A paraplegic woman who bit a police officer, rammed her with a wheelchair and refused to give a breathalyzer sample has been spared a jail sentence due to her poor health.
Dr. Janice Maureen Gillis, a veterinarian, was fined $500 for the assault and ordered to pay an additional $150 towards the victim of crime fund in a case that took two years to prosecute. She was also fined $1,000 and ordered to pay $300 to the victim of crime fund for refusing to provide a breath sample – a conviction that ordinarily nets five to seven days of jail time, the woman was informed.
Chief provincial court judge Nancy Orr told Gillis her crime normally would earn three to four months' incarceration but was receiving a "significant break'' based on a recommendation from the Crown based on the woman's serious health condition.
The Crown also stayed an impaired operation of vehicle charge against Gillis.
Gillis, 54, was not in provincial court in June when Judge John Douglas found her guilty of impaired driving, refusing a breath demand and assaulting a peace officer.
The guilty verdict came two years to the day after an incident the court heard started in a parking lot on Grafton Street in Charlottetown after Gillis cut off someone on a motorcycle and then almost did the same to a second vehicle.
During the trial, the court heard testimony from several police officers who dealt with the accused that day, including one who Crown attorney Lisa Goulden said described Gillis as grossly intoxicated.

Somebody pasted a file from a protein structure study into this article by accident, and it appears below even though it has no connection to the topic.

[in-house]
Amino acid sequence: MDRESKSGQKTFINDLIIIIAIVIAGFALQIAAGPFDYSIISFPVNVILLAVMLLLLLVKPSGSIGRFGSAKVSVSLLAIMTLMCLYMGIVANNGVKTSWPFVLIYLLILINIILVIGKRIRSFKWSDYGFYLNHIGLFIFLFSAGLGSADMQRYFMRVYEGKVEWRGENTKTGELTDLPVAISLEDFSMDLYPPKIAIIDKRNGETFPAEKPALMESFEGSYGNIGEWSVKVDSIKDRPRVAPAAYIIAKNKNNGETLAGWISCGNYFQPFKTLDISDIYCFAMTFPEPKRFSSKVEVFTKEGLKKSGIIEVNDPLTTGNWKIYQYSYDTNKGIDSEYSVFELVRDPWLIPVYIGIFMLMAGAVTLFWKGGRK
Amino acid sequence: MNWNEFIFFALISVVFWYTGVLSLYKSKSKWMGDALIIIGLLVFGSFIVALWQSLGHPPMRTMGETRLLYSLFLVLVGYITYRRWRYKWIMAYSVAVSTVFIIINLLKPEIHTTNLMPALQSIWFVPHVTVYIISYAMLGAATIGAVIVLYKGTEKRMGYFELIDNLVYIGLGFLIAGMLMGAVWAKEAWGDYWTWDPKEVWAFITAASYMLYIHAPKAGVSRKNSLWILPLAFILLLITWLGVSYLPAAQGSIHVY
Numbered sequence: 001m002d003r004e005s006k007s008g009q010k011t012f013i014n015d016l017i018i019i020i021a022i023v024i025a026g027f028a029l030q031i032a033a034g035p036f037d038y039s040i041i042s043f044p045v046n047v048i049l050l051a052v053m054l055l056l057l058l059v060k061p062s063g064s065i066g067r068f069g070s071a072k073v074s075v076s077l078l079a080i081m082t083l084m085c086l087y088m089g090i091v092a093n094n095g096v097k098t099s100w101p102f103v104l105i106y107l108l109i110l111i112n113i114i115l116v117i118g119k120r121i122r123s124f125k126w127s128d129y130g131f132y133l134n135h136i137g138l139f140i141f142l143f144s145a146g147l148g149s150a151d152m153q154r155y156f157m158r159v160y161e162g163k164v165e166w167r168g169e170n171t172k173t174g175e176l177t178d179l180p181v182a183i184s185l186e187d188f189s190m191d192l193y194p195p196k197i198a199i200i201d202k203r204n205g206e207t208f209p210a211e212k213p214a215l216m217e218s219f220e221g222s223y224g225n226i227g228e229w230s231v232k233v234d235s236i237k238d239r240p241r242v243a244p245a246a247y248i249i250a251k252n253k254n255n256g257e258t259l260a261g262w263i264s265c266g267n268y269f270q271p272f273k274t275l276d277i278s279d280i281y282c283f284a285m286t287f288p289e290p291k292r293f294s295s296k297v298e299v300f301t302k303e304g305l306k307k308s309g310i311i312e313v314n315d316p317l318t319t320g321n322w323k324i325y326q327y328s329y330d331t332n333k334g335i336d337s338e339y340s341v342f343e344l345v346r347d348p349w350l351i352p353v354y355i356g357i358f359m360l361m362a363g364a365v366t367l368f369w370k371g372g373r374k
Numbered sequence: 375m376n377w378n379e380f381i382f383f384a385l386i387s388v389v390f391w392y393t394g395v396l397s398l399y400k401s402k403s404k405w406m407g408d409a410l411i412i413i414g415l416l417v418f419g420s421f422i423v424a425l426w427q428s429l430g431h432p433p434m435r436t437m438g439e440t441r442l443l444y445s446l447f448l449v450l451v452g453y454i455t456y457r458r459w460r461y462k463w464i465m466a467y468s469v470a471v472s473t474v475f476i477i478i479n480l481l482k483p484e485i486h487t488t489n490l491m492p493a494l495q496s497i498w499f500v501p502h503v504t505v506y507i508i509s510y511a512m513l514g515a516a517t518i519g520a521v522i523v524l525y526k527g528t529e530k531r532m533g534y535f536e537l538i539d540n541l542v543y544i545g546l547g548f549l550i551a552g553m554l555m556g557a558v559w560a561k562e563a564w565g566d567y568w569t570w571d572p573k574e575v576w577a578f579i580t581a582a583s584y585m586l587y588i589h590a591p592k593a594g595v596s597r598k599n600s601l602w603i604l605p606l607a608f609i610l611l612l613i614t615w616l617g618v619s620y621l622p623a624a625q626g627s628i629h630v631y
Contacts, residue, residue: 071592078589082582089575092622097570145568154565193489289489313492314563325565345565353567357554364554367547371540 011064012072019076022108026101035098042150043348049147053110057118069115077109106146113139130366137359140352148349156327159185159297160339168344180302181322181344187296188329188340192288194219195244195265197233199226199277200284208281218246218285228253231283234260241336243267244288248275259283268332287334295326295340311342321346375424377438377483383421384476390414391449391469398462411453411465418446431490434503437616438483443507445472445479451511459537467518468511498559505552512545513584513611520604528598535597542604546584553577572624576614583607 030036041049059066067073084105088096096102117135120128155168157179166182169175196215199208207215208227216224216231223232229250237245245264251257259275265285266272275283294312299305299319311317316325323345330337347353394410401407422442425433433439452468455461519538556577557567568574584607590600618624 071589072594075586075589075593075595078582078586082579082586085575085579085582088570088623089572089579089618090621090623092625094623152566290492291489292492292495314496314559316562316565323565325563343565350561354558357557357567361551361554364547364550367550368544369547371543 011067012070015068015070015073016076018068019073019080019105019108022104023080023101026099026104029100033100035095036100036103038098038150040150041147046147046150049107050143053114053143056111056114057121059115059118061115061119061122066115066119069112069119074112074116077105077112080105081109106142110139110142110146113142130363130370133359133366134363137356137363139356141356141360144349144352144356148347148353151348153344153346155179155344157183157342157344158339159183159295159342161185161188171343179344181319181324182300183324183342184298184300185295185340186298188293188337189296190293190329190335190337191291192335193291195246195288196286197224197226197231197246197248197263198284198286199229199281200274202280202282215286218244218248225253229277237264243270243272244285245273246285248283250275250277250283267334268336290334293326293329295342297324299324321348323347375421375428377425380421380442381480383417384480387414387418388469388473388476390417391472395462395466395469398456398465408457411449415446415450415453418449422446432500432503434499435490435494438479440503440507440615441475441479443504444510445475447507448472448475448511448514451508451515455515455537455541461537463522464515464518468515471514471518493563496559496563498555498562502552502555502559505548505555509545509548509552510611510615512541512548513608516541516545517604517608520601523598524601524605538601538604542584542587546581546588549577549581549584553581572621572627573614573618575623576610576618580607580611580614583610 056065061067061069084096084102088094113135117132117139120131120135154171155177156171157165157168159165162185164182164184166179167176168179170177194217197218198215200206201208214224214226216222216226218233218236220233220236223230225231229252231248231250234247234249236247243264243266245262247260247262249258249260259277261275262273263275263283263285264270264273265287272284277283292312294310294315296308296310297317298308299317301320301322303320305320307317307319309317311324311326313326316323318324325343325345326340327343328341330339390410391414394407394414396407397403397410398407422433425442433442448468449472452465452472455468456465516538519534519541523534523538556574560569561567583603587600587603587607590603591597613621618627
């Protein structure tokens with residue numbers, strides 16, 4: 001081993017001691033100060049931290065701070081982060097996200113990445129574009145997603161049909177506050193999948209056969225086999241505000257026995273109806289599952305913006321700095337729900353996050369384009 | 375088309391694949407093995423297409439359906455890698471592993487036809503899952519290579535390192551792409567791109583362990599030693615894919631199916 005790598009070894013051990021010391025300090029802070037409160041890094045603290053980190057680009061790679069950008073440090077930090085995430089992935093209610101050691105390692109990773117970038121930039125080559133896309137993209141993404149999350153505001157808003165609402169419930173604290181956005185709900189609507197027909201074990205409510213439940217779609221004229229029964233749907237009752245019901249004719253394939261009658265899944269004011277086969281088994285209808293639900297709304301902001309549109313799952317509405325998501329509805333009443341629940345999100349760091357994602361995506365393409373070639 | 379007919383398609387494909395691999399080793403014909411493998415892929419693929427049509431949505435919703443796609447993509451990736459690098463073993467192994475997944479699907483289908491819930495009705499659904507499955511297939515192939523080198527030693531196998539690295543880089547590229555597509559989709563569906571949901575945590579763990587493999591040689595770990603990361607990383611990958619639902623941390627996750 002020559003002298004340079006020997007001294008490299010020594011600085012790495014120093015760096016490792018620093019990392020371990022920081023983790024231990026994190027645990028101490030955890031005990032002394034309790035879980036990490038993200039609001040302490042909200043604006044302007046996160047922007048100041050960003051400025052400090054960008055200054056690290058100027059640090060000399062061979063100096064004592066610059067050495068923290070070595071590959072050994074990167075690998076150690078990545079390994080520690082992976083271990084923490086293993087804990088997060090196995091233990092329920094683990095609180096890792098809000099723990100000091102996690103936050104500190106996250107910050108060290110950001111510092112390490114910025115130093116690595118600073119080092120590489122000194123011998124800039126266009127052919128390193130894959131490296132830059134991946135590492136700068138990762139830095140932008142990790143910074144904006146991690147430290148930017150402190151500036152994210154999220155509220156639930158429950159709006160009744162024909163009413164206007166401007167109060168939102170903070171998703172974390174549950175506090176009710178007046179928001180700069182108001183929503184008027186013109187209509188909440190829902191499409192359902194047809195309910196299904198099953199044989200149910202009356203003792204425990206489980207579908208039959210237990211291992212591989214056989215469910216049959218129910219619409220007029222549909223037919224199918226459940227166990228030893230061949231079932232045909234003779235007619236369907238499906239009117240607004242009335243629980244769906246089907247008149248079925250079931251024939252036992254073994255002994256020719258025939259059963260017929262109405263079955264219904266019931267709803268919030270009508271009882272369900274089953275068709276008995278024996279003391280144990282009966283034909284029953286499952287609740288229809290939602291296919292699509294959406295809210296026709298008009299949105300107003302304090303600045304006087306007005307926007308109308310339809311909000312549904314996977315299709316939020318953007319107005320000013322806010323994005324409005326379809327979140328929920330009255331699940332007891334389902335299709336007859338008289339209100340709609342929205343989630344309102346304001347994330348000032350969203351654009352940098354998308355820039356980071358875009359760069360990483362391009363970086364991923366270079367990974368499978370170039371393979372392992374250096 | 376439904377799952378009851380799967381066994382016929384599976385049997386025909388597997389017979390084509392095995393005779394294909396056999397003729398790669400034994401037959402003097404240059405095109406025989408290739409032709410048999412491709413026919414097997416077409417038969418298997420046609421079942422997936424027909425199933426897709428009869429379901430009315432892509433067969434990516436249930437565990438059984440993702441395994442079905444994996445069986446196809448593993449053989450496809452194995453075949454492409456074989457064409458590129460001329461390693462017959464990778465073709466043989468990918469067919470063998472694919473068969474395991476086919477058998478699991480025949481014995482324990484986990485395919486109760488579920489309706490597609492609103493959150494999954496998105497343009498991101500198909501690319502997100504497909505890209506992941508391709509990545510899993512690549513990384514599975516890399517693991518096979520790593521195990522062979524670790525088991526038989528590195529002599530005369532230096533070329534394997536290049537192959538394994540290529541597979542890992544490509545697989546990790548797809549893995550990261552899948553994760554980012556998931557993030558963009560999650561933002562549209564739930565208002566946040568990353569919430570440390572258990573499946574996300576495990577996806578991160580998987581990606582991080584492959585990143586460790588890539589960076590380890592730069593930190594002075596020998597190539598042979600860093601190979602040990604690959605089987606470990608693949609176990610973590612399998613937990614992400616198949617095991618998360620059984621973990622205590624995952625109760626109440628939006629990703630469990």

The court heard the responding officers found liquor bottles in the vehicle, including one empty wine bottle and one that was partially full.
One officer testified that as they tried to move Gillis in her wheelchair the accused kept putting the brakes on and hit their hands away when they tried to release them.
The court heard that as one officer was trying to handcuff Gillis, the accused bit her.
Goulden said Gillis was belligerent with the police and later rammed the female officer with her wheelchair at the police station where she continued her verbal abuse, cursed and called the officer a derogatory name.
It was behaviour the female officer dealt with “for hours and hours,” said Goulden who also described Gillis’s behaviour as “obstructive and belligerent".
When Gillis testified during the trial, she told the court she didn’t remember what happened in the parking lot and she denied ramming the officer with her wheelchair.
The proceedings continued without Gillis, who didn’t show up and sent her mother in her place with a letter from a doctor who said they didn’t think Gillis was healthy enough to withstand the stress of court.
Douglas said he didn’t find Gillis’s request for an adjournment reasonable and he declined to grant it.
Throughout many court dates in the last two years, Gillis has had multiple lawyers appear on her behalf and several witnesses testified.
Douglas said the Crown tried and the court did everything it could to allow Gillis to present her defence.
He granted a Crown request to proceed without Gillis present and Goulden closed her case.
After reviewing the evidence, Douglas found Gillis guilty of all three charges and he issued a warrant for her arrest, saying he couldn’t sentence Gillis without her being present.
The end of the trial also marked the last case in P.E.I. for Douglas who reached mandatory retirement age but had to finish the matter because he had already heard evidence.